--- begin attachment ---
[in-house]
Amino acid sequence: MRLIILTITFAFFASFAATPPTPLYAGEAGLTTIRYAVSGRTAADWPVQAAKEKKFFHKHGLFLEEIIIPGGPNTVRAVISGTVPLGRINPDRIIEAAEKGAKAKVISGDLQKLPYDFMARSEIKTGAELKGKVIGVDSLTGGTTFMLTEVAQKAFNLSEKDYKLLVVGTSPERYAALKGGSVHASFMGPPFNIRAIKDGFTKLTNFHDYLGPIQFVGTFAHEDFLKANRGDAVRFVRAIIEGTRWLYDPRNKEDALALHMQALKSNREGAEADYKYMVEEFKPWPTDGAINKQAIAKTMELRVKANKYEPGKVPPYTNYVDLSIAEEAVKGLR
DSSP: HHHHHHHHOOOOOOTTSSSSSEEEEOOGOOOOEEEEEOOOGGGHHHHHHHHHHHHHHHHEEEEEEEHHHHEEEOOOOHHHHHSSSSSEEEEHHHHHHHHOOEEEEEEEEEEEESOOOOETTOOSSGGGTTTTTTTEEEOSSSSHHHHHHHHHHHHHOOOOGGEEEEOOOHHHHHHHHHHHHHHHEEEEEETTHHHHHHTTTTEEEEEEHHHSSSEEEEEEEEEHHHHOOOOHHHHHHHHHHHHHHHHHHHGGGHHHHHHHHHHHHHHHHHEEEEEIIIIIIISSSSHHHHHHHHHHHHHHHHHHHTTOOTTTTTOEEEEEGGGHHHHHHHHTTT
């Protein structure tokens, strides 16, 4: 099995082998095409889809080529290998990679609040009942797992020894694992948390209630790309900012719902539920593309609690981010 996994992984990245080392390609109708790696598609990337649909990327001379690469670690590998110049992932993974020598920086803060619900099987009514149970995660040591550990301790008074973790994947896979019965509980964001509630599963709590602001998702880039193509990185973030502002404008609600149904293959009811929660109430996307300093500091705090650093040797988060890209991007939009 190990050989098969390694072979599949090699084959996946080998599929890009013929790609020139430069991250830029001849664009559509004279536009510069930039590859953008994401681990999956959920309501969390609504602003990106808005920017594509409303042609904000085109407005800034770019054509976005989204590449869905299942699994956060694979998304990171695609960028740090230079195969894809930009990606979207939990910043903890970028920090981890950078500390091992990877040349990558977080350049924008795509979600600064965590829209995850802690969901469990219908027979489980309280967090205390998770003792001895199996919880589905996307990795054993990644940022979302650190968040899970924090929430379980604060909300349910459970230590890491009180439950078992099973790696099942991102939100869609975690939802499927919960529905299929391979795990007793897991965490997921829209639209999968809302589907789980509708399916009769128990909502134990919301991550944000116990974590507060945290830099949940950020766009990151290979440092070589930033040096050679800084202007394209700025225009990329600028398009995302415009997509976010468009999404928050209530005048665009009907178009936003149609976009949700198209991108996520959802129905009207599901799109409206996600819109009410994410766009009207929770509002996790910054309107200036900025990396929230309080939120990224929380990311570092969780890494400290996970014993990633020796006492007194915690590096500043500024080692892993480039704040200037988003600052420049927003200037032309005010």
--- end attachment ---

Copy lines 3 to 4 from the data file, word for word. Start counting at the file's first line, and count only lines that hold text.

DSSP: HHHHHHHHOOOOOOTTSSSSSEEEEOOGOOOOEEEEEOOOGGGHHHHHHHHHHHHHHHHEEEEEEEHHHHEEEOOOOHHHHHSSSSSEEEEHHHHHHHHOOEEEEEEEEEEEESOOOOETTOOSSGGGTTTTTTTEEEOSSSSHHHHHHHHHHHHHOOOOGGEEEEOOOHHHHHHHHHHHHHHHEEEEEETTHHHHHHTTTTEEEEEEHHHSSSEEEEEEEEEHHHHOOOOHHHHHHHHHHHHHHHHHHHGGGHHHHHHHHHHHHHHHHHEEEEEIIIIIIISSSSHHHHHHHHHHHHHHHHHHHTTOOTTTTTOEEEEEGGGHHHHHHHHTTT
């Protein structure tokens, strides 16, 4: 099995082998095409889809080529290998990679609040009942797992020894694992948390209630790309900012719902539920593309609690981010 996994992984990245080392390609109708790696598609990337649909990327001379690469670690590998110049992932993974020598920086803060619900099987009514149970995660040591550990301790008074973790994947896979019965509980964001509630599963709590602001998702880039193509990185973030502002404008609600149904293959009811929660109430996307300093500091705090650093040797988060890209991007939009 190990050989098969390694072979599949090699084959996946080998599929890009013929790609020139430069991250830029001849664009559509004279536009510069930039590859953008994401681990999956959920309501969390609504602003990106808005920017594509409303042609904000085109407005800034770019054509976005989204590449869905299942699994956060694979998304990171695609960028740090230079195969894809930009990606979207939990910043903890970028920090981890950078500390091992990877040349990558977080350049924008795509979600600064965590829209995850802690969901469990219908027979489980309280967090205390998770003792001895199996919880589905996307990795054993990644940022979302650190968040899970924090929430379980604060909300349910459970230590890491009180439950078992099973790696099942991102939100869609975690939802499927919960529905299929391979795990007793897991965490997921829209639209999968809302589907789980509708399916009769128990909502134990919301991550944000116990974590507060945290830099949940950020766009990151290979440092070589930033040096050679800084202007394209700025225009990329600028398009995302415009997509976010468009999404928050209530005048665009009907178009936003149609976009949700198209991108996520959802129905009207599901799109409206996600819109009410994410766009009207929770509002996790910054309107200036900025990396929230309080939120990224929380990311570092969780890494400290996970014993990633020796006492007194915690590096500043500024080692892993480039704040200037988003600052420049927003200037032309005010």